Heart tissue and stem cells spring into action to begin repairing muscle damaged in a heart attack, and researchers at Duke University School of Medicine found that a protein naturally produced in the body may potentially play a role in accelerating heart muscle repair.
Giving the right dose of this protein named secreted frizzled related protein 2 (sfrp2) in studies of rats helped to prevent heart failure and reduce collagen layering that can form thick scar tissue after a heart attack (also called MI, or myocardial infarction). Previously the same researchers demonstrated that this protein also saves heart muscle cells from dying in response to heart attack.
These findings have the potential to be translated into a new therapy for study and evaluation in human clinical trials, said Victor Dzau, M.D., senior author of the study and James B Duke Professor of Medicine.
"We found that giving the study rats the protein sfrp2 strongly improved heart function in the critical pumping chamber, the left ventricle, after a myocardial infarction," Dr. Dzau said. "We observed that sfrp2 at therapeutic doses reduced heart muscle death and also directly prevented deposits of collagen, and thus reduced the scarring that can affect heart function."
The study was published the week of Nov. 15 in the Proceedings of the National Academy of Sciences (PNAS) Early Edition online.
Giving sfrp2 also helped prevent the heart wall from thinning, by the fourth week after injection. Because the scarring process (fibrosis) and tissue remodeling in the heart are often complete within a month of a heart attack in rats, the team performed a heart test called echocardiography (heart ultrasound) on the rats at three and four weeks after the myocardial infarction.
"We found the sfrp2 reduced the area of fibrosis in the left ventricle and also significantly decreased the ratio of anterior-to-posterior wall thickness in the heart," said Maria Mirotsou, Ph.D., a co-author and assistant professor of medicine.
Previously, the Dzau laboratory showed that a genetically modified type of stem cell that over-produced a factor called Akt dramatically reduced the size of the area affected by a heart attack and restored cardiac function in rodent hearts. The team identified sfrp2 as a key factor released by these stem cells during heart tissue survival and repair, and this study showed sfrp2 was a likely candidate for inhibiting collagen production, as well.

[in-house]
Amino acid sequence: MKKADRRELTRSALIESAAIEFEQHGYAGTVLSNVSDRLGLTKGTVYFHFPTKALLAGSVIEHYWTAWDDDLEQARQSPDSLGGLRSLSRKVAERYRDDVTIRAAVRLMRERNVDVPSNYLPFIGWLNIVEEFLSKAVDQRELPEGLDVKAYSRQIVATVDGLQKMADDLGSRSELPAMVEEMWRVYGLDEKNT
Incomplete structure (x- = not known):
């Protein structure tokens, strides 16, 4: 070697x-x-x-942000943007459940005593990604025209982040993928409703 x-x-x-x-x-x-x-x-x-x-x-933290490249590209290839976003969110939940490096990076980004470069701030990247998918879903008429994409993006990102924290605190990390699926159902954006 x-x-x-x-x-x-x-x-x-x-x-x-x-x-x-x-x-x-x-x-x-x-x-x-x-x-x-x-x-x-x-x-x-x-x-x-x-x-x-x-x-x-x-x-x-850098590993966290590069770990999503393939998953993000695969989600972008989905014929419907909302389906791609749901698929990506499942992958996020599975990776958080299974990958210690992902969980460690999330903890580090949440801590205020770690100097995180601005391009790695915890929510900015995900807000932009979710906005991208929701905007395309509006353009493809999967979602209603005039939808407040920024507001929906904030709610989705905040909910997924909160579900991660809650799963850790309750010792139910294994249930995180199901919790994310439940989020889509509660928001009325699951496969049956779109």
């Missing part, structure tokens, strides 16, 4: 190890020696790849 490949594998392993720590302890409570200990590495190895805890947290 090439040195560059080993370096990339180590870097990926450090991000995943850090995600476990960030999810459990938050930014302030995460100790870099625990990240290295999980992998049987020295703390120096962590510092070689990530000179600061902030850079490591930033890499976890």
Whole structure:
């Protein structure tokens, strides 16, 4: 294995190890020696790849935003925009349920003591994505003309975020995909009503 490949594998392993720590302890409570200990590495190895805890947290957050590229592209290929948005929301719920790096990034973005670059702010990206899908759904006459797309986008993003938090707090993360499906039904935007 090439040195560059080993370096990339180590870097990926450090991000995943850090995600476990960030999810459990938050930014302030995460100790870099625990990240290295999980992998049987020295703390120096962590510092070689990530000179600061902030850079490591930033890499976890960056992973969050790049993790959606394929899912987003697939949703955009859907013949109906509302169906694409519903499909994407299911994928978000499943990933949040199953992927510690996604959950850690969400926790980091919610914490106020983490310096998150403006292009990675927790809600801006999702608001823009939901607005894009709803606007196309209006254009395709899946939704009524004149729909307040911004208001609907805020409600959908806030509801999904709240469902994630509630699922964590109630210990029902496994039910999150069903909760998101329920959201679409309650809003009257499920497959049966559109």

Other authors include lead author Wei He, Lunan Zhang, Aiguo Ni, Zhiping Zhang, Lan Mao, and Richard E. Pratt, all of the Dzau laboratory in the Mandel Center for Hypertension Research and the Division of Cardiovascular Medicine in the Duke Department of Medicine.
The work was funded by National Heart, Lung, and Blood Institute grants and grants from the Edna and Fred L. Mandel, Jr. Foundation and the Leducq Foundation.
Mary Jane Gore | EurekAlert!
A Map of the Cell’s Power Station
18.08.2017 | Albert-Ludwigs-Universität Freiburg im Breisgau
On the way to developing a new active ingredient against chronic infections
18.08.2017 | Deutsches Zentrum für Infektionsforschung
Whether you call it effervescent, fizzy, or sparkling, carbonated water is making a comeback as a beverage. Aside from quenching thirst, researchers at the University of Illinois at Urbana-Champaign have discovered a new use for these "bubbly" concoctions that will have major impact on the manufacturer of the world's thinnest, flattest, and one most useful materials -- graphene.
As graphene's popularity grows as an advanced "wonder" material, the speed and quality at which it can be manufactured will be paramount. With that in mind,...
Physicists at the University of Bonn have managed to create optical hollows and more complex patterns into which the light of a Bose-Einstein condensate flows. The creation of such highly low-loss structures for light is a prerequisite for complex light circuits, such as for quantum information processing for a new generation of computers. The researchers are now presenting their results in the journal Nature Photonics.
Light particles (photons) occur as tiny, indivisible portions. Many thousands of these light portions can be merged to form a single super-photon if they are...
For the first time, scientists have shown that circular RNA is linked to brain function. When a RNA molecule called Cdr1as was deleted from the genome of mice, the animals had problems filtering out unnecessary information – like patients suffering from neuropsychiatric disorders.
While hundreds of circular RNAs (circRNAs) are abundant in mammalian brains, one big question has remained unanswered: What are they actually good for? In the...
An experimental small satellite has successfully collected and delivered data on a key measurement for predicting changes in Earth's climate.
The Radiometer Assessment using Vertically Aligned Nanotubes (RAVAN) CubeSat was launched into low-Earth orbit on Nov. 11, 2016, in order to test new...
A study led by scientists of the Max Planck Institute for the Structure and Dynamics of Matter (MPSD) at the Center for Free-Electron Laser Science in Hamburg presents evidence of the coexistence of superconductivity and “charge-density-waves” in compounds of the poorly-studied family of bismuthates. This observation opens up new perspectives for a deeper understanding of the phenomenon of high-temperature superconductivity, a topic which is at the core of condensed matter research since more than 30 years. The paper by Nicoletti et al has been published in the PNAS.
Since the beginning of the 20th century, superconductivity had been observed in some metals at temperatures only a few degrees above the absolute zero (minus...
16.08.2017 | Event News
04.08.2017 | Event News
26.07.2017 | Event News
18.08.2017 | Life Sciences
18.08.2017 | Physics and Astronomy
18.08.2017 | Materials Sciences